Water pollution levels down on beaches
Samples of seawater at some of Bermuda's most popular beaches showed lower levels of bacteria this year than in the same period in 2019, it was revealed yesterday.
The Ministry of Health said it was “encouraged” by the results of its seawater monitoring programme, which checks to levels of enterococci, a group of bacteria used as indicators of pollution, in line with US Environmental Protection Agency standards for recreational water quality.
A ministry spokeswoman said: “If we compare results May-July 2019 with results from the same period in 2020, we can see that counts this year are substantially lower.”
She added that Horseshoe Bay West recorded 30 colony forming units per 100ml of water for the week of June 30, 2019, compared with 4 CFU per 100ml for the same week this year.
The spokeswoman added: “Likewise, if we look at Tobacco Bay, it saw a count of 17 CFU/100ml on the week of June 9 in 2019 and only 5.5 CFU/100ml that same week in 2020.”
Kim Wilson, the Minister of Health, said: “We believe this difference is due to the decreased numbers of swimmers at the bathing beaches.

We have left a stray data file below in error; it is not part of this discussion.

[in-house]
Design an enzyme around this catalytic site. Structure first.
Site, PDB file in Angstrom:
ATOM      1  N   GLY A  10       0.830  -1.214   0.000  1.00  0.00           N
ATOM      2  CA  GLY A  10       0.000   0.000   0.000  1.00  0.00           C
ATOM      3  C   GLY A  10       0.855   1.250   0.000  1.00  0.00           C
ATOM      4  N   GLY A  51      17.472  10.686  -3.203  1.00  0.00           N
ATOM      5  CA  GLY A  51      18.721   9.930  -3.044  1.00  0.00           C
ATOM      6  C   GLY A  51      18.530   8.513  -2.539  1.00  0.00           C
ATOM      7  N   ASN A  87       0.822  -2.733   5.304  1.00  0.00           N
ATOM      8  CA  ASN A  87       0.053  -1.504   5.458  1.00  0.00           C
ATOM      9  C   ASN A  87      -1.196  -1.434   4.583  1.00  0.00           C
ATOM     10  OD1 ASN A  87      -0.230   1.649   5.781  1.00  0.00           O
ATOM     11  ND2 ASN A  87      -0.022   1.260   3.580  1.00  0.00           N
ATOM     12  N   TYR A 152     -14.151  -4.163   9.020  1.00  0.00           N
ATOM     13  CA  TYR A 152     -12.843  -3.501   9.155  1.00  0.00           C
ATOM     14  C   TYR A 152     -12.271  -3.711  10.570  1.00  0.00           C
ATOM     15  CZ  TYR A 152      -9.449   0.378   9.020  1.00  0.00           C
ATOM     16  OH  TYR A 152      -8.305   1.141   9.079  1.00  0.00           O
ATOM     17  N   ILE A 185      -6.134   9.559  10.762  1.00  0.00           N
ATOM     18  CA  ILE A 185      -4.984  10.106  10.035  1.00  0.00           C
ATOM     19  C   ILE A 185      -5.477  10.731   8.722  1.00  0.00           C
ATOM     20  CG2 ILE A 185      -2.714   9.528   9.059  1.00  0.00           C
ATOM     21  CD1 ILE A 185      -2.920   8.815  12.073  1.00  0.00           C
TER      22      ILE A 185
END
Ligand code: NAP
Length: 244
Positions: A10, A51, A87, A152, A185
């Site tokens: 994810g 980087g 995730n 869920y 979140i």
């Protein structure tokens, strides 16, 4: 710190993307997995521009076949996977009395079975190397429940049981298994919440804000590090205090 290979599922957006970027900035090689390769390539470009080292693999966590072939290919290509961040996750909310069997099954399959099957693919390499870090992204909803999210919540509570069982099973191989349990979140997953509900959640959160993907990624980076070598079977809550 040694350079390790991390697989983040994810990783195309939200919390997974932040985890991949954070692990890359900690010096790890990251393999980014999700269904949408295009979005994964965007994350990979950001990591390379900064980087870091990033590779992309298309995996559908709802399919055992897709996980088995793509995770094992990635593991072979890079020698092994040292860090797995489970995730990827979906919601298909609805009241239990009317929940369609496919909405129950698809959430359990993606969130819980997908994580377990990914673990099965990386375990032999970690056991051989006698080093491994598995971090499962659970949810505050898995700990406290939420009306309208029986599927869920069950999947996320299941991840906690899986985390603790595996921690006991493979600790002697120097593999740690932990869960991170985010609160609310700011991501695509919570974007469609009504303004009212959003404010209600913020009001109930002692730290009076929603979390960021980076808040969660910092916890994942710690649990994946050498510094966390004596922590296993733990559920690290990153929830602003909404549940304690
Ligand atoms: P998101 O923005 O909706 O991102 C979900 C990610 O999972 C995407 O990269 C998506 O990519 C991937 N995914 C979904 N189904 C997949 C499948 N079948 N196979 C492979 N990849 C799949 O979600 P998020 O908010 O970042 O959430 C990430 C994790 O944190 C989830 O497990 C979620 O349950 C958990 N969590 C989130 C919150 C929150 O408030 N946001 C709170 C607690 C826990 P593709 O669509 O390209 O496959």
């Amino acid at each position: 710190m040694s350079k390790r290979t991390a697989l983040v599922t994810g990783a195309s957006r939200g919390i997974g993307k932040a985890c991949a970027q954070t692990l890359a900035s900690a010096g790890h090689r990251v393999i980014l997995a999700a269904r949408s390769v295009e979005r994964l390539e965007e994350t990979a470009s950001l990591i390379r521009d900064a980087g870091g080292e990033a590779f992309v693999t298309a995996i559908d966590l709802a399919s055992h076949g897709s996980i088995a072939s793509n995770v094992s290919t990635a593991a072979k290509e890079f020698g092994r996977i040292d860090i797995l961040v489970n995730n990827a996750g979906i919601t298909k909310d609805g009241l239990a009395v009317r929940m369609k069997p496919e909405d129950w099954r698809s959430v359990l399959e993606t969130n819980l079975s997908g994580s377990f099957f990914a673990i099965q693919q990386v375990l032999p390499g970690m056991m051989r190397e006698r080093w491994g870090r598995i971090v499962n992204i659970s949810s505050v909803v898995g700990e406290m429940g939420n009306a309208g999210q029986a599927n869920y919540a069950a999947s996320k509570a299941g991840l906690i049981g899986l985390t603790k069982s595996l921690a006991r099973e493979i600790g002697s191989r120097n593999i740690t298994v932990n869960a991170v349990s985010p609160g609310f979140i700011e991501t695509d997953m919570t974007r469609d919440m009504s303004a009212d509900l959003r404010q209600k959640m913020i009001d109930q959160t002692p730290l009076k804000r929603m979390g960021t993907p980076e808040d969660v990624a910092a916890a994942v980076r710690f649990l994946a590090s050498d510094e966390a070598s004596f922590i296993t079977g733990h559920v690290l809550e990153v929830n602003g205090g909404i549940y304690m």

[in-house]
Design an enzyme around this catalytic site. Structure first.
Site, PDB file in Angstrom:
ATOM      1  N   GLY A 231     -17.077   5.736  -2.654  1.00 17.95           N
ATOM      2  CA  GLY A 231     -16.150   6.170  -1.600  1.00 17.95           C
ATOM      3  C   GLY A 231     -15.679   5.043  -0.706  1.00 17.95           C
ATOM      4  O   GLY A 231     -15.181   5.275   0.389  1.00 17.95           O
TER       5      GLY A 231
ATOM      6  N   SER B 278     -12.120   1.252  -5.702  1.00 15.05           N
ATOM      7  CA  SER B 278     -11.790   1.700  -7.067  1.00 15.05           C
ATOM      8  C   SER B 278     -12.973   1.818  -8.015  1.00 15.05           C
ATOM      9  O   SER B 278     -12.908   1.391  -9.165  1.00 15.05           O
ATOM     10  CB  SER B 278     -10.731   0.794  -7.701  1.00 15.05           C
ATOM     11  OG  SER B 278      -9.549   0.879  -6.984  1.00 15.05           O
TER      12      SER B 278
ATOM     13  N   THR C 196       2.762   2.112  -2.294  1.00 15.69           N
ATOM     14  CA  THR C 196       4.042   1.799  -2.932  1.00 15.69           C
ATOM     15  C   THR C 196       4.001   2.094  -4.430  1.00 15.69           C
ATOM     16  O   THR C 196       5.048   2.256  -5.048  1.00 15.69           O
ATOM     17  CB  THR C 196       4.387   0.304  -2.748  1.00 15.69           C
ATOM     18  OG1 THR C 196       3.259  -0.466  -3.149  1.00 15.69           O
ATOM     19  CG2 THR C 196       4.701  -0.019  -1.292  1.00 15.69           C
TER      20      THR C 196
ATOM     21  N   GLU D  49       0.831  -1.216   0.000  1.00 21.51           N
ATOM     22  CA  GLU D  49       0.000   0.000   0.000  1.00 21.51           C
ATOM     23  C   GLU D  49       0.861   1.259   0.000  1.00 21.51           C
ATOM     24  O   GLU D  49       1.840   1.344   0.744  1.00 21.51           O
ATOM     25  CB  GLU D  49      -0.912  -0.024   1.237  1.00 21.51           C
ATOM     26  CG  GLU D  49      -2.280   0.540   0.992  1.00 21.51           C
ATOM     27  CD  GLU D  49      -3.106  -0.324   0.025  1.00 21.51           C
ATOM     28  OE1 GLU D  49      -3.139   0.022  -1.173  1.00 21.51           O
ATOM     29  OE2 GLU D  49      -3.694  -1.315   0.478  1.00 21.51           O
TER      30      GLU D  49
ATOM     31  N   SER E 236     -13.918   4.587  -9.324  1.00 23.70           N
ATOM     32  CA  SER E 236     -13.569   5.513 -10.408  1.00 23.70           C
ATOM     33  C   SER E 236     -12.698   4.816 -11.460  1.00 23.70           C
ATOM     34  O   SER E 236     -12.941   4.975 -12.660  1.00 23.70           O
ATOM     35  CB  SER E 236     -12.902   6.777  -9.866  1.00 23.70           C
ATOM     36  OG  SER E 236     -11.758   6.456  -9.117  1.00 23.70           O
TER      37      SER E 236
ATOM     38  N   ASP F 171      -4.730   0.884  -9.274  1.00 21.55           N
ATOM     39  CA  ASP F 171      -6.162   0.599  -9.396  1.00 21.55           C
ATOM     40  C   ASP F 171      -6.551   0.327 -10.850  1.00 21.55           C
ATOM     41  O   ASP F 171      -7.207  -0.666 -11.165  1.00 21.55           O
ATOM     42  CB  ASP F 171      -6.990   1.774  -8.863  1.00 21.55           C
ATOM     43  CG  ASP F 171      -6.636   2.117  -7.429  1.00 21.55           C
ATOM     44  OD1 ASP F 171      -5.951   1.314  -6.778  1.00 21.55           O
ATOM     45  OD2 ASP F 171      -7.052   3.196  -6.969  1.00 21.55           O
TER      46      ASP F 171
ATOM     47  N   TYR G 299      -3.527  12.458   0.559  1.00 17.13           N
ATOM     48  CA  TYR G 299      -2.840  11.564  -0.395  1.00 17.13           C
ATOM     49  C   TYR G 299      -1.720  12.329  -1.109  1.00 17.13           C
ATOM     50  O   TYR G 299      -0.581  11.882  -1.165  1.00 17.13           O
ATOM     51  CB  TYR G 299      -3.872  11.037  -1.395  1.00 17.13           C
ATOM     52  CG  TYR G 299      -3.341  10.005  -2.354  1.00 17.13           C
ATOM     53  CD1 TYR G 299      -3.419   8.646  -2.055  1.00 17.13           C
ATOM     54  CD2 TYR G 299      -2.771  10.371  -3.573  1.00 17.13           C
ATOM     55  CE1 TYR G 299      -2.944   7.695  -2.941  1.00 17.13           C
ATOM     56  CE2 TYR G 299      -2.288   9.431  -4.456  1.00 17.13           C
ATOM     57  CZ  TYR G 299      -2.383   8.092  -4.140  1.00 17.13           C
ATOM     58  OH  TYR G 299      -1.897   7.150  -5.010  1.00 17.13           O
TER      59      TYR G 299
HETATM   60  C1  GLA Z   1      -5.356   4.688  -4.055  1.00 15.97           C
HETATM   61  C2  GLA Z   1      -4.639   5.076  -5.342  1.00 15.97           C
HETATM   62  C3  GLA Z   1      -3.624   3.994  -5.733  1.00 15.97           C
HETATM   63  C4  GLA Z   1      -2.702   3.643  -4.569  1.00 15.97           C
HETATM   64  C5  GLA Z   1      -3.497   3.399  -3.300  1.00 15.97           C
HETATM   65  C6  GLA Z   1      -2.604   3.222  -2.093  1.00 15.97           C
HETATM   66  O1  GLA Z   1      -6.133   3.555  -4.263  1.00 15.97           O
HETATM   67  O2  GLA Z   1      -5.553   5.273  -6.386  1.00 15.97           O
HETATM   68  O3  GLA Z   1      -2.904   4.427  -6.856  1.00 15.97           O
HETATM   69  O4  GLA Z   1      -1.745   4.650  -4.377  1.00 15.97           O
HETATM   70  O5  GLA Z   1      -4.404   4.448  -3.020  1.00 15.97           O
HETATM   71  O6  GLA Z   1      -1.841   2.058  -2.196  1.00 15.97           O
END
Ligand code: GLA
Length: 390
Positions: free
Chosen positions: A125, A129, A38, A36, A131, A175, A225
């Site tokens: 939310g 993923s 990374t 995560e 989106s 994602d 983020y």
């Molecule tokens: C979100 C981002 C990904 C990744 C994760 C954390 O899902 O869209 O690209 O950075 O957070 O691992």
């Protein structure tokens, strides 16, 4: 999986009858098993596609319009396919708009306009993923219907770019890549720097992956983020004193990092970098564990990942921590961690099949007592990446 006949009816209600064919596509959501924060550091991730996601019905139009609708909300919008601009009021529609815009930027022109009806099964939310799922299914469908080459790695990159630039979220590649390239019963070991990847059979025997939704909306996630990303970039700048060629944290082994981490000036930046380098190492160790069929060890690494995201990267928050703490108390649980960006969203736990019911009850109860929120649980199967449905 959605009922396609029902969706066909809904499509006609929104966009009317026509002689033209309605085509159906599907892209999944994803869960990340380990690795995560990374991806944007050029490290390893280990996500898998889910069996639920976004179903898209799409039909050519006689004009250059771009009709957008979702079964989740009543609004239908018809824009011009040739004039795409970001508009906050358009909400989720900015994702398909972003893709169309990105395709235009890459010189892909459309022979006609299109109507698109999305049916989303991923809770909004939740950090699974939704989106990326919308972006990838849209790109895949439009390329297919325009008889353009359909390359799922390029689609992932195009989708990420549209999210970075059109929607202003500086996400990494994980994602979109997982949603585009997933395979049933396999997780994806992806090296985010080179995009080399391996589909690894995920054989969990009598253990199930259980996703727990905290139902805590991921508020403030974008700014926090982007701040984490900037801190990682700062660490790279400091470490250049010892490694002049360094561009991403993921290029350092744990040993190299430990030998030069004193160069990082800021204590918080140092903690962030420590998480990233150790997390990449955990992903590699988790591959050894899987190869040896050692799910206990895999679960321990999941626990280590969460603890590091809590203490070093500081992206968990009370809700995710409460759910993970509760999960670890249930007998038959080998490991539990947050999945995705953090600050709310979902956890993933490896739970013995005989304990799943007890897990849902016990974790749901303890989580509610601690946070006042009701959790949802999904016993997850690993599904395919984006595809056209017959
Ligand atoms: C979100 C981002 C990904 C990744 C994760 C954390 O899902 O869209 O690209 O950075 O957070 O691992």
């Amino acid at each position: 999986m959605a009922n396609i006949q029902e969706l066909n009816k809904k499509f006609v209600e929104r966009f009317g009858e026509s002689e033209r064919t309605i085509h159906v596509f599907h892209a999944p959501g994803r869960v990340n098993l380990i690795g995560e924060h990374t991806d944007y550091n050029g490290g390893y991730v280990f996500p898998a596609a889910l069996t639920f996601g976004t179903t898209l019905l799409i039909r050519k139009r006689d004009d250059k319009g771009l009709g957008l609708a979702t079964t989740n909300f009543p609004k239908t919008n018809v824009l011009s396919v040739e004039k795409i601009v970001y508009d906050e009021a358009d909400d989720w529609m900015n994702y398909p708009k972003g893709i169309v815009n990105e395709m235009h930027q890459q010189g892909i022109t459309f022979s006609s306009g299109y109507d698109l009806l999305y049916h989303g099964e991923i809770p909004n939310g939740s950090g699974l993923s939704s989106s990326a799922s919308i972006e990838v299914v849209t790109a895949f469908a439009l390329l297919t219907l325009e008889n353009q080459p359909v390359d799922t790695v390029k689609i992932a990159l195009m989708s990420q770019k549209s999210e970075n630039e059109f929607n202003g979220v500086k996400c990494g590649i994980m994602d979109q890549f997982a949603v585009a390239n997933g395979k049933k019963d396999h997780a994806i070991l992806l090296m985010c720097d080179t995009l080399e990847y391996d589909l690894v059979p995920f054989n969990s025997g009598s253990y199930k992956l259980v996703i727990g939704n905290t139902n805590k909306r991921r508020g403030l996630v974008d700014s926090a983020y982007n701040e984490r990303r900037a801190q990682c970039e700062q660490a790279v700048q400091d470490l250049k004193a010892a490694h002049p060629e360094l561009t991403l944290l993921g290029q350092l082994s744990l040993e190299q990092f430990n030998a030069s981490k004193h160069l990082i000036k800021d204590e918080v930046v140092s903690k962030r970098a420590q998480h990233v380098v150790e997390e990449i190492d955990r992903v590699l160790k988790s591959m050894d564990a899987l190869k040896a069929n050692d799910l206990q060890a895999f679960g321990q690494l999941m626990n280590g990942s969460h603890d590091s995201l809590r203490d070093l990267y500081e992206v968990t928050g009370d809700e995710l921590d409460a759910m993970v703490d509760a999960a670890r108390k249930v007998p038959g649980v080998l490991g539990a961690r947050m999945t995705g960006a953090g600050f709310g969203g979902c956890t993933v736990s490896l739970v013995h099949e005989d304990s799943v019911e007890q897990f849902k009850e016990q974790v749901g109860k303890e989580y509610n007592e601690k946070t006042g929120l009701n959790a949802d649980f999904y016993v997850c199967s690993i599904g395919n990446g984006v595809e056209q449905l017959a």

“It's really good to see how far below the US EPA guidelines we are with all of our beaches which is, of course, great news not only for our tourists and prospective tourists but for anyone enjoying our beaches this season.
“I would like to commend the Ministry of Health team for continuing on with their usual public health protection duties, amid the backdrop of also dealing with a pandemic.”
The spokeswoman added: “The Department of Health routinely samples and tests seawater from Bermuda's beaches to assure bathing water quality.
“Beaches tested include Warwick Long Bay, Horseshoe Bay, Elbow Beach, Grape Bay, Tobacco Bay, Clearwater Beach, Grotto Bay Beach, John Smith's Bay and Shelly Bay.”
She said: “Enterococci are present in human and animal faeces and can enter marine waters from a variety of sources such as storm water runoff, animal and seabird waste, failing septic systems, sewage effluent, boating waste and from bathers themselves.
“During the peak months of April to October, environmental health officers collect water samples at the most popular beaches with the larger beaches having multiple sampling points.
“As a result, approximately 15 samples are collected and tested once a week.”
Members of the public are alerted by signposts when waters exceeded acceptable levels.
The warnings are also released to the media and published on gov.bm.
The spokeswoman said: “The geometric mean is calculated from the enterococci counts over a 30-day period and is updated each week.
“This is done according to the EPA recreational water guidelines, which recommend that the 30-day geometric mean does not exceed 35 enterococci per 100 millilitres.”
• For more information, visitgov.bm/seawater-monitoring- programme-bathing-beaches